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Title: Genetic structure, reproductive skew, and the evolution of sociality in the hover wasp Liostenogaster flavolineata
Author: Holt, Lauren Adele
ISNI:       0000 0004 5992 2149
Awarding Body: University of Sussex
Current Institution: University of Sussex
Date of Award: 2016
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In this thesis, I use field experiments to test whether a potentially universal benefit of sociality operates in the facultatively eusocial hover wasp Liostenogaster flavolineata (Stenogastrinae). The Central Limit Theorem (CLT) is a potential reason why individuals come together to provision offspring. I report the results of an original experiment designed to test the central tenets of the CLT by manipulating the variance of food inputs to L. flavolineata nests. I show that with increased variance there was no effect on levels of brood abortion, or larval development rates. However, some assumptions of the CLT were found to hold, such as smaller groups producing more brood per-capita with higher rates of brood removal. Theoretically, genetic relatedness between adult nest-mates should have an important influence on how reproduction is partitioned (reproductive skew). However, reproductive skew in newly initiated colonies of L. flavolineata, where nest-mate relatedness is low, is not significantly different to that in mature colonies, and is unaffected by group size. Genetic relatedness between subordinates and the dominant egg-layer could potentially vary systematically according to position in the age-based queue to inherit the egg-laying role in L. flavolineata groups. Using newly developed microsatellite markers, in combination with manipulations to determine queue position, I test for systematic associations between a worker's relationship to the dominant, inheritance rank and group size. I find that there is an increasing likelihood for daughters and nieces to occur at the lowest ranks, i.e. those with the greatest indirect fitness pay-offs and greatest foraging effort. I also investigate how genetic relatedness and group size influence foraging effort, and suggest that smaller groups might experience effects of the CLT, but work harder to compensate. I integrate theories of reproductive skew and my findings from L. flavolineata into a framework of potential behavioural concessions in larger groups.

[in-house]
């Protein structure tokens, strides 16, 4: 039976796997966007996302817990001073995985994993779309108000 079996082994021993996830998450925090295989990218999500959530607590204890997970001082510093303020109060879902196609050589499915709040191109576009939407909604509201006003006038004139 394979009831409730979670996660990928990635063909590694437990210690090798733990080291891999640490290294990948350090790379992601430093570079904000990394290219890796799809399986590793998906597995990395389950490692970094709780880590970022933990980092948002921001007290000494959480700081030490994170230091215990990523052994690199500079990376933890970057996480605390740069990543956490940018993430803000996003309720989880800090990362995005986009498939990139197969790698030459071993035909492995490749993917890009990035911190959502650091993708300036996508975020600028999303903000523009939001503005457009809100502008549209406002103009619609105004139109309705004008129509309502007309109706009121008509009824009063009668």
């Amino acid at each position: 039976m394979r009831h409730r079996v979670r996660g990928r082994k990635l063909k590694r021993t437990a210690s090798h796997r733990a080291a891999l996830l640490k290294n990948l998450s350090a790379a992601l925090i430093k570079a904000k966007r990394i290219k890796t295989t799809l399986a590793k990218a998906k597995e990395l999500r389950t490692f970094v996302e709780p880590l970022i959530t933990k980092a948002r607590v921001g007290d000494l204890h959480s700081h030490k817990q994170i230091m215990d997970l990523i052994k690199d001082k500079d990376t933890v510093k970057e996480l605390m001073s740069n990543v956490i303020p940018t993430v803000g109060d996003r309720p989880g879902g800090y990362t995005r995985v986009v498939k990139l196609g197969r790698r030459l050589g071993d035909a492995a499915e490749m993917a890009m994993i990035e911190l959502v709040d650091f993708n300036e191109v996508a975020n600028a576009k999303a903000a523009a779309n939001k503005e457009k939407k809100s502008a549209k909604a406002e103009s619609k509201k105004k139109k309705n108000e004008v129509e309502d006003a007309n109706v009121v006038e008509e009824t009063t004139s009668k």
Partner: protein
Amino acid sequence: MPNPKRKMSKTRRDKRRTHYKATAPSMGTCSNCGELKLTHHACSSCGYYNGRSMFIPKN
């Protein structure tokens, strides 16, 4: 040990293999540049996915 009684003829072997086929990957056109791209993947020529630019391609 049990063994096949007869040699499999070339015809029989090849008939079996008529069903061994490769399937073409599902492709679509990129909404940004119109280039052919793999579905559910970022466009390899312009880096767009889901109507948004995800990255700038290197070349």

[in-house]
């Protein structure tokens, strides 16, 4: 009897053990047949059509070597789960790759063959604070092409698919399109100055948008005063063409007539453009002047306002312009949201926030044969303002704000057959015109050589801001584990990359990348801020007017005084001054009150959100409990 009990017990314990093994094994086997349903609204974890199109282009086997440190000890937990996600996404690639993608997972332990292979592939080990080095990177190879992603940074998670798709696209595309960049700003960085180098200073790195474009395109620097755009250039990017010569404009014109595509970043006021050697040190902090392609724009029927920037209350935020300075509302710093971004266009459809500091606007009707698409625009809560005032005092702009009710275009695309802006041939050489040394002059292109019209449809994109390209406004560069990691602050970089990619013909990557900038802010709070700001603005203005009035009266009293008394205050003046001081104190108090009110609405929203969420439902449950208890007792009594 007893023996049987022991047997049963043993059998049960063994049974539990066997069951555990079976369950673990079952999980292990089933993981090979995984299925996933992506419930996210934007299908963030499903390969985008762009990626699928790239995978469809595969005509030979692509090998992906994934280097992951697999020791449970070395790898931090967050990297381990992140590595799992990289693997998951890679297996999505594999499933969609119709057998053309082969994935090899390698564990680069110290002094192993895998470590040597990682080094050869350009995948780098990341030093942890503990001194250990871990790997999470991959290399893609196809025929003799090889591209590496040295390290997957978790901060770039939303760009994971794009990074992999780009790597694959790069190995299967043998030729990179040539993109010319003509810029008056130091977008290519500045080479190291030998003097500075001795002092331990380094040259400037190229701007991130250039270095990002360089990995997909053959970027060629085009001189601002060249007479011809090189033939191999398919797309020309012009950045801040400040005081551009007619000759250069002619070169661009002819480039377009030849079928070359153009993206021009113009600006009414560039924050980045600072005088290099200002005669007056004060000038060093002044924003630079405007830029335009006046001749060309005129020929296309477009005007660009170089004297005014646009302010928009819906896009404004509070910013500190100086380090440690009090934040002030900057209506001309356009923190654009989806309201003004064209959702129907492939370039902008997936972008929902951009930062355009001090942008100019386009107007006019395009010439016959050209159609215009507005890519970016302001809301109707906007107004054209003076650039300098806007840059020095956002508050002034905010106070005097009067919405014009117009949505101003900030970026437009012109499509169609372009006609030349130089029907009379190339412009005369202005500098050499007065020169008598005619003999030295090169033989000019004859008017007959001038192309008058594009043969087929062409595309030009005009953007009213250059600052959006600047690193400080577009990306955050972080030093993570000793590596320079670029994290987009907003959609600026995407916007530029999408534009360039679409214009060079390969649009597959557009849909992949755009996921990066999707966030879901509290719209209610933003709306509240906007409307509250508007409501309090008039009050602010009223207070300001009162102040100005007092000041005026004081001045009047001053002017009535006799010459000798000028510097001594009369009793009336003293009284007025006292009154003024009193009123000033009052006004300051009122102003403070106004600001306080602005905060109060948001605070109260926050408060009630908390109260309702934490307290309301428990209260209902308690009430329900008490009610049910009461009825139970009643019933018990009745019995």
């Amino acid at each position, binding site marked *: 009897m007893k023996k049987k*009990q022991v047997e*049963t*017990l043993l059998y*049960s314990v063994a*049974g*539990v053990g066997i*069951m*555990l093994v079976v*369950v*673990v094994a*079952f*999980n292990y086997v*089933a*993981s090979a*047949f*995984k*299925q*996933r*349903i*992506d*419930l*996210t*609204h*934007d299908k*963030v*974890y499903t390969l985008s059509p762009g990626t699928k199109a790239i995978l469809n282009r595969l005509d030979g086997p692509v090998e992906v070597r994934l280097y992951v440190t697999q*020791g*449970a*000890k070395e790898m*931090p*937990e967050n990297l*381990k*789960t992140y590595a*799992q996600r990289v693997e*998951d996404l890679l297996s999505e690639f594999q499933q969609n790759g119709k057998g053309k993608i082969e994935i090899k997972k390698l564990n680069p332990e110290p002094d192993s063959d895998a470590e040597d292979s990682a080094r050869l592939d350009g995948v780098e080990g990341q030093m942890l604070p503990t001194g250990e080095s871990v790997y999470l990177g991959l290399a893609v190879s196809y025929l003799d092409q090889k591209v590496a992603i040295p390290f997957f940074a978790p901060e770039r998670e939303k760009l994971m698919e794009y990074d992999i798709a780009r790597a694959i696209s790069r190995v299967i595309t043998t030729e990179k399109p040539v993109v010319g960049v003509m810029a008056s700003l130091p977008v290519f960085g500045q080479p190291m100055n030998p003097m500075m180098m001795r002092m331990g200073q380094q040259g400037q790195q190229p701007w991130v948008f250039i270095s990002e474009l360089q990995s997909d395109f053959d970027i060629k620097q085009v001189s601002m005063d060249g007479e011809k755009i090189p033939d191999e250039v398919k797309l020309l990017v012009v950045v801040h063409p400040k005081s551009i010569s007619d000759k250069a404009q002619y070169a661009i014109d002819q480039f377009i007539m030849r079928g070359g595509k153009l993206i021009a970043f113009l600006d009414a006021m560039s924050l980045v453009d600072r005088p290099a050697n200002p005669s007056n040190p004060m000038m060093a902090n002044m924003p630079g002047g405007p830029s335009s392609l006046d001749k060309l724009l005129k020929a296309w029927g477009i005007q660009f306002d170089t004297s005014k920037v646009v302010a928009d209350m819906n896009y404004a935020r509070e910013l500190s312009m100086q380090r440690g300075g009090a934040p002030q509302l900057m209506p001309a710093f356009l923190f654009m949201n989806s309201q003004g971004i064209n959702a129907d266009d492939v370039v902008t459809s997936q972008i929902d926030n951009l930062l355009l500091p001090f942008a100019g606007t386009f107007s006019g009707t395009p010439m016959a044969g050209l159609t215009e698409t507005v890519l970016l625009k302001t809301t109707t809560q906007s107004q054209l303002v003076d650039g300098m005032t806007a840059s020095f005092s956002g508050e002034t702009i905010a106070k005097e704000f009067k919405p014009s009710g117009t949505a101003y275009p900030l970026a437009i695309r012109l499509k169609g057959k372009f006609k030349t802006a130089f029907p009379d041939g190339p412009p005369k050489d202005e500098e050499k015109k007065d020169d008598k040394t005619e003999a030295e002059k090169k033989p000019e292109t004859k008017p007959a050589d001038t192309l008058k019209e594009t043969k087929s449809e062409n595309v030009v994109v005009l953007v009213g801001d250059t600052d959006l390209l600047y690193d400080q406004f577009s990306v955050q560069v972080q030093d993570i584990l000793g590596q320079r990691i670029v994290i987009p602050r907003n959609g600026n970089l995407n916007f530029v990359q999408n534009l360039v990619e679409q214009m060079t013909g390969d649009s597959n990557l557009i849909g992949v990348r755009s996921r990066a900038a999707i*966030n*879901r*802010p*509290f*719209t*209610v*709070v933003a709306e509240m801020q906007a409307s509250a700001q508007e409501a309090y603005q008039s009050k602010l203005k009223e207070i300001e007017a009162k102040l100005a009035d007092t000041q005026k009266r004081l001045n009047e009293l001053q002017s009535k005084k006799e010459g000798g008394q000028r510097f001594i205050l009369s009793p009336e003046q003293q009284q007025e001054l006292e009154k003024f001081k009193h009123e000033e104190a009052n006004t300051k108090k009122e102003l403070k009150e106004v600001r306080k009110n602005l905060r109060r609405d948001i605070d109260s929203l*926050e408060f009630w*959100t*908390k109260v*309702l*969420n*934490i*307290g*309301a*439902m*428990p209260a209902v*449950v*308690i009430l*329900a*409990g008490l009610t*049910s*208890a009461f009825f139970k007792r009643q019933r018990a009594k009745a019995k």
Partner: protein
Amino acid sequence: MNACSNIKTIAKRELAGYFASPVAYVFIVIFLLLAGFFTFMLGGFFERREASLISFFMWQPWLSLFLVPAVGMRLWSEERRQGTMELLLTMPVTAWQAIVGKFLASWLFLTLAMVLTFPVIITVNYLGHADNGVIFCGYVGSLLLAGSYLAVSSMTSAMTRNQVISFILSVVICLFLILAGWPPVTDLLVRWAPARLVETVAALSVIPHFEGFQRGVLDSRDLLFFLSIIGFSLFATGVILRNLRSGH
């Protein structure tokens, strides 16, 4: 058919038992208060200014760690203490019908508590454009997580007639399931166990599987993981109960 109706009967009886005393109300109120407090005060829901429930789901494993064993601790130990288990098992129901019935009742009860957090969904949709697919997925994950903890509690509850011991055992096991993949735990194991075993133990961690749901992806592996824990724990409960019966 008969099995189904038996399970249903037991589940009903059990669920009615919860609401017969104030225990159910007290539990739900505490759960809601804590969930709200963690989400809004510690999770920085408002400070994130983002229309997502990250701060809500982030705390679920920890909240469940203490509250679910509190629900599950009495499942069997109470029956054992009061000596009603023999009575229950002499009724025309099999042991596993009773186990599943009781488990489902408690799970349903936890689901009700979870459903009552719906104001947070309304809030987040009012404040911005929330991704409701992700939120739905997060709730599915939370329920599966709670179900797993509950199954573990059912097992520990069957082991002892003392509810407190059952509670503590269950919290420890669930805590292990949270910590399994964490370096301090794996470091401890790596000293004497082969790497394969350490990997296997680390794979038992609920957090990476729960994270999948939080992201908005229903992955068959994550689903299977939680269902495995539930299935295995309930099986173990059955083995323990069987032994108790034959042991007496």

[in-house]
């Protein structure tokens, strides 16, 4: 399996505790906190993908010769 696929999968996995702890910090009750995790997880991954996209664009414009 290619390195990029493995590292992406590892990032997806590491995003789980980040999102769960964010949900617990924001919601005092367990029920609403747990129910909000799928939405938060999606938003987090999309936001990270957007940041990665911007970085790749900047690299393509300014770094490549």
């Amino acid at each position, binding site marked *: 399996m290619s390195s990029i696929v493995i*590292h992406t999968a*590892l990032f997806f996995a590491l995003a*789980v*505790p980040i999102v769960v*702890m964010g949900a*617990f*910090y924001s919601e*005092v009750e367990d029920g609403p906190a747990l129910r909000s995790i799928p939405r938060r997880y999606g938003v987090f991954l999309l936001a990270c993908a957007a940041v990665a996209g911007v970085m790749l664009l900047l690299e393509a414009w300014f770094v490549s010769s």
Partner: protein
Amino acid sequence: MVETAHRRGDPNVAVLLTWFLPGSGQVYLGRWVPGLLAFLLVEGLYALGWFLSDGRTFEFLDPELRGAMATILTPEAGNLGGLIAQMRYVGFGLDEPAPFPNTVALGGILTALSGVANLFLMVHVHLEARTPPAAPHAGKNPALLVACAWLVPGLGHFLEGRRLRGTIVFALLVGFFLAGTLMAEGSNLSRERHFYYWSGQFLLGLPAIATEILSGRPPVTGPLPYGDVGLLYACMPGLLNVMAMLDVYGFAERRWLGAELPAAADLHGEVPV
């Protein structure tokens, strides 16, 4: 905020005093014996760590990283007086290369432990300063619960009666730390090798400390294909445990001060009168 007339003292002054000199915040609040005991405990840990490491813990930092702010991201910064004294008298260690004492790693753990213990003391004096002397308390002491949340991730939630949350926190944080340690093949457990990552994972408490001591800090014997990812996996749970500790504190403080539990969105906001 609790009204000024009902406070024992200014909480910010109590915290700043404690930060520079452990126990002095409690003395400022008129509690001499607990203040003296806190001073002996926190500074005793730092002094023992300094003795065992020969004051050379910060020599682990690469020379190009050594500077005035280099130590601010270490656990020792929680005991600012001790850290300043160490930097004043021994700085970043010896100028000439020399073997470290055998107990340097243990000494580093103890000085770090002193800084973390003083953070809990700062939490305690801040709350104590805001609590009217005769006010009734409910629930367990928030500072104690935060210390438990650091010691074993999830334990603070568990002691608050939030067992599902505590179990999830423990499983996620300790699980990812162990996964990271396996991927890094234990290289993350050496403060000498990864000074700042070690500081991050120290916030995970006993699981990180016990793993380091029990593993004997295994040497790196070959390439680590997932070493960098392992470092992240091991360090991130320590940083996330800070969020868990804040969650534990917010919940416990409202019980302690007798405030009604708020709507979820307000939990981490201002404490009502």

Supervisor: Not available Sponsor: Not available
Qualification Name: Thesis (Ph.D.) Qualification Level: Doctoral
EThOS ID:  DOI: Not available
Keywords: QL0563 Hymenoptera